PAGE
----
Redgate said his client “certainly had a sense” that he was under suspicion, but learning he was the investigators’ chief suspect at the time “alarmed him,” so much so that by the next day, Redgate said Arnold was in the hospital.
“He was very upset about a lot of things at that time, mainly the case, but he was upset and may not be thinking as clearly as he should have,” Redgate said. “I know that his psychologist was concerned that he needed help… she decided that it would be best if he went to Cape Cod Hospital emergency room.”
Redgate said Arnold was admitted to the psychiatric wing of the hospital and he later learned, “the police interviewed him.”
Mason and Burke had gone to visit Arnold at the psychiatric wing of the hospital he had checked himself into the day after Arnold had asked Mason if he was a suspect. There, Redgate said they questioned him again about the last time he spoke to Worthington, and he said the accusations were direct.
“They’re police and there’s two of them, you know, you get a jab from one side and then a right hook from the other, you know, there were rough… verbally,” Redgate said. “You can see from Tim’s testimony when he described that, he said that more than once, he would say something like, ‘I had not killed Christa,’ and he said they would come right back and say, ‘Oh, yes you did.’”
During the hospital encounter, according to police reports, Mason told Arnold that he had heard about a fight in which Arnold tried to break down the kitchen door -- the same door that was apparently kicked in at the crime scene. Arnold told Mason that he and Worthington had been arguing one day and he had left. When he came back, Arnold said Worthington slammed the door and locked the deadbolt, and he said there “may have been” some pushing on the door, but that it wasn’t broken down.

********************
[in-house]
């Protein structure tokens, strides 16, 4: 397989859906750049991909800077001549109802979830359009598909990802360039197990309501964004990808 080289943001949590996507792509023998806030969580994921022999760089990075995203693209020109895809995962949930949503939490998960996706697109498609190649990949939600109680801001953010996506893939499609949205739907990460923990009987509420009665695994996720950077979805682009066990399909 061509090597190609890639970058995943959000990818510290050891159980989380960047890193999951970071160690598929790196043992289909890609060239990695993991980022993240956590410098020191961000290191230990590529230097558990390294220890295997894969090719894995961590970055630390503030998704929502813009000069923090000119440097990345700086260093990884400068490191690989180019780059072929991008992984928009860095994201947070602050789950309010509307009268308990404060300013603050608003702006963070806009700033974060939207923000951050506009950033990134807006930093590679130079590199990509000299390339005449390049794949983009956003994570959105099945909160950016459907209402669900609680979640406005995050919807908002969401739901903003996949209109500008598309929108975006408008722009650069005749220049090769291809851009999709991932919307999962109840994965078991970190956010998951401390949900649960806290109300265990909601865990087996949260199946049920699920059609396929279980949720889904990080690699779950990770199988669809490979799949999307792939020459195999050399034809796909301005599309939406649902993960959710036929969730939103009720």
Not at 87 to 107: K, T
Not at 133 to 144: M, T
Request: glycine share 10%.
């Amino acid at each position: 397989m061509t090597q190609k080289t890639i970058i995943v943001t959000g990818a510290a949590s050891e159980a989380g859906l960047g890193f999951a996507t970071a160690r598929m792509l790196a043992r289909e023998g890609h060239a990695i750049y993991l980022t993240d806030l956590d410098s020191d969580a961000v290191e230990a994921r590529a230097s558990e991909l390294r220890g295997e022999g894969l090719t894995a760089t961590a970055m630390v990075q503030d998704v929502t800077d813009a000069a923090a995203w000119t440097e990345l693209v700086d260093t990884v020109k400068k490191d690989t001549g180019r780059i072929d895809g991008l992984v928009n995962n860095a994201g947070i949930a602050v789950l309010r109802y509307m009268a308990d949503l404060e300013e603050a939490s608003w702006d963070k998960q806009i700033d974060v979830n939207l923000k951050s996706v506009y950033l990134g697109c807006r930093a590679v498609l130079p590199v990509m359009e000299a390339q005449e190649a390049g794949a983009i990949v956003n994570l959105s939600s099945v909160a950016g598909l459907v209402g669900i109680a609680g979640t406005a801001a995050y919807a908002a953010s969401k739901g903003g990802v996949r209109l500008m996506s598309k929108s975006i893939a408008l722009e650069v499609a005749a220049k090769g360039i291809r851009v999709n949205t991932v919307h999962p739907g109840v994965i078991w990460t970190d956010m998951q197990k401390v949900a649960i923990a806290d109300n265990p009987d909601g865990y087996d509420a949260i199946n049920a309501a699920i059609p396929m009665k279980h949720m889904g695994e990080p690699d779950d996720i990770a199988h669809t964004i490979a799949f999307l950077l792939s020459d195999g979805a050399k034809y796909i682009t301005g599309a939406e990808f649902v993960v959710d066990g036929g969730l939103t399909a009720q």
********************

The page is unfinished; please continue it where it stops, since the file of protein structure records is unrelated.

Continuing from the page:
“Tim said that they accused him once of barging into her kitchen, that she complained that he barged into her kitchen,” Flook said. “This is a man that lived in that house and he had an argument brewing with her. He probably, in anger, just barged in.
“It’s that kitchen barging scene that people like to talk about, but I don’t think it was anything,” she added.
Mason and Burke told Arnold that his statements and actions were “consistent with someone that was involved in the murder” and told him that if he was involved, he needed to tell them the truth. Arnold again denied any involvement, then said he wanted his lawyer and the interview ended.
“The two detectives that went the hospital… I know them both,” Redgate said. “As much as I could criticize many things about the way they did things, what troubled me the most was that they had received a copy of my letter saying, ‘we’re not going to give any interviews, they have to arranged through me.’”
Redgate said he heard about the hospital interview a few days after it happened and called District Attorney Michael O’Keefe, who is still the district attorney for the Cape and Islands district today.
“We talked and he was emphatic that the police got nothing, and of course if they had, I think it would have been subject to suppression,” Redgate said. “I was pretty confident of that, but Michael said they didn’t get anything. Tim just said nothing that could hurt him.”
With Arnold not cracking under the pressure and his health problems affecting his mobility and vision, investigators started to doubt his involvement in the crime. But Worthington’s past lovers weren’t the only focus for police early on in the investigation.
As police looked at those closest to Worthington, their investigation came to include Worthington’s father, Christopher “Toppy” Worthington, and his girlfriend, Elizabeth Porter.
Toppy Worthington, then 72, was a Harvard-educated lawyer and former prominent government official. Porter, 29, was a former prostitute and heroin addict.
Christa Worthington had apparently been quite upset about the relationship, and in the days after his daughter’s murder, Toppy Worthington’s relationship with Porter made headlines.
Before speaking with Porter about the case, police first questioned Toppy Worthington. He was notified about the murder on the night his daughter’s body was found and went to Christa’s uncle John Worthington’s house, where the rest of the Worthington family had gathered, at about 9 p.m. on Jan. 6, 2002.
As Sgt. Burke was telling Toppy about what had happened to Christa, Toppy asked questions that seemed to grab their attention. At one point, Toppy interrupted Burke to ask “if his daughter was on her back and if there was a lot of blood with injury to the right side of her head,” according to the police report.